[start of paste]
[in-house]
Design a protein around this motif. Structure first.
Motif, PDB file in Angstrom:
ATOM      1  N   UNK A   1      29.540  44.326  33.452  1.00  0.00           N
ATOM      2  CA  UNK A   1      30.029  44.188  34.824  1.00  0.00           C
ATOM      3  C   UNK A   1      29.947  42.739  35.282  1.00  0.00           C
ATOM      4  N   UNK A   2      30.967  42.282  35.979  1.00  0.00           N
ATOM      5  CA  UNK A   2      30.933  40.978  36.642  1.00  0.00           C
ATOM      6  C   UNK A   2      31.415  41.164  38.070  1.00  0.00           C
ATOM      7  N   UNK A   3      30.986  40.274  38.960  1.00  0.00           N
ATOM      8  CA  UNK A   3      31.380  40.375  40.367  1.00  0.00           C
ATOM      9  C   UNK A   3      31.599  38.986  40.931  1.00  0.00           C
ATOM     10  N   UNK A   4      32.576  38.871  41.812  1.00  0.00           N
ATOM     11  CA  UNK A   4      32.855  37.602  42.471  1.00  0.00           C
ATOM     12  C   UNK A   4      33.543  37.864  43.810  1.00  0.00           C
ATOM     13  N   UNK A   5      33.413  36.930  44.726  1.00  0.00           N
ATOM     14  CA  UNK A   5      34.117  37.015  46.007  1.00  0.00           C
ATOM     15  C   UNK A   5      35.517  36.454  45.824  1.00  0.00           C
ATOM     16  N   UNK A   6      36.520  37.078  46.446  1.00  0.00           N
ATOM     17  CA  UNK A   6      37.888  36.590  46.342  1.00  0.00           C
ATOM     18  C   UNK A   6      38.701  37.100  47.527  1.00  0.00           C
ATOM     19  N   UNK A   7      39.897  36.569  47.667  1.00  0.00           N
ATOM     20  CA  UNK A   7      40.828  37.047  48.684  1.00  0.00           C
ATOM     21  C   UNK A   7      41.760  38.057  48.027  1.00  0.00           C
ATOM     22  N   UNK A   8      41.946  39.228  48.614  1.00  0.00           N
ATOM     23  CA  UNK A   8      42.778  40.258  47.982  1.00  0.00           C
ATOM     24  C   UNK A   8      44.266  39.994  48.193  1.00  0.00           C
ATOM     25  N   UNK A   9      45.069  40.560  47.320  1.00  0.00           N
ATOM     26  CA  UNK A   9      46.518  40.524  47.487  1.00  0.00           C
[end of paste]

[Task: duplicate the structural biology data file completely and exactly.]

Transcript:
[in-house]
Design a protein around this motif. Structure first.
Motif, PDB file in Angstrom:
ATOM      1  N   UNK A   1      29.540  44.326  33.452  1.00  0.00           N
ATOM      2  CA  UNK A   1      30.029  44.188  34.824  1.00  0.00           C
ATOM      3  C   UNK A   1      29.947  42.739  35.282  1.00  0.00           C
ATOM      4  N   UNK A   2      30.967  42.282  35.979  1.00  0.00           N
ATOM      5  CA  UNK A   2      30.933  40.978  36.642  1.00  0.00           C
ATOM      6  C   UNK A   2      31.415  41.164  38.070  1.00  0.00           C
ATOM      7  N   UNK A   3      30.986  40.274  38.960  1.00  0.00           N
ATOM      8  CA  UNK A   3      31.380  40.375  40.367  1.00  0.00           C
ATOM      9  C   UNK A   3      31.599  38.986  40.931  1.00  0.00           C
ATOM     10  N   UNK A   4      32.576  38.871  41.812  1.00  0.00           N
ATOM     11  CA  UNK A   4      32.855  37.602  42.471  1.00  0.00           C
ATOM     12  C   UNK A   4      33.543  37.864  43.810  1.00  0.00           C
ATOM     13  N   UNK A   5      33.413  36.930  44.726  1.00  0.00           N
ATOM     14  CA  UNK A   5      34.117  37.015  46.007  1.00  0.00           C
ATOM     15  C   UNK A   5      35.517  36.454  45.824  1.00  0.00           C
ATOM     16  N   UNK A   6      36.520  37.078  46.446  1.00  0.00           N
ATOM     17  CA  UNK A   6      37.888  36.590  46.342  1.00  0.00           C
ATOM     18  C   UNK A   6      38.701  37.100  47.527  1.00  0.00           C
ATOM     19  N   UNK A   7      39.897  36.569  47.667  1.00  0.00           N
ATOM     20  CA  UNK A   7      40.828  37.047  48.684  1.00  0.00           C
ATOM     21  C   UNK A   7      41.760  38.057  48.027  1.00  0.00           C
ATOM     22  N   UNK A   8      41.946  39.228  48.614  1.00  0.00           N
ATOM     23  CA  UNK A   8      42.778  40.258  47.982  1.00  0.00           C
ATOM     24  C   UNK A   8      44.266  39.994  48.193  1.00  0.00           C
ATOM     25  N   UNK A   9      45.069  40.560  47.320  1.00  0.00           N
ATOM     26  CA  UNK A   9      46.518  40.524  47.487  1.00  0.00           C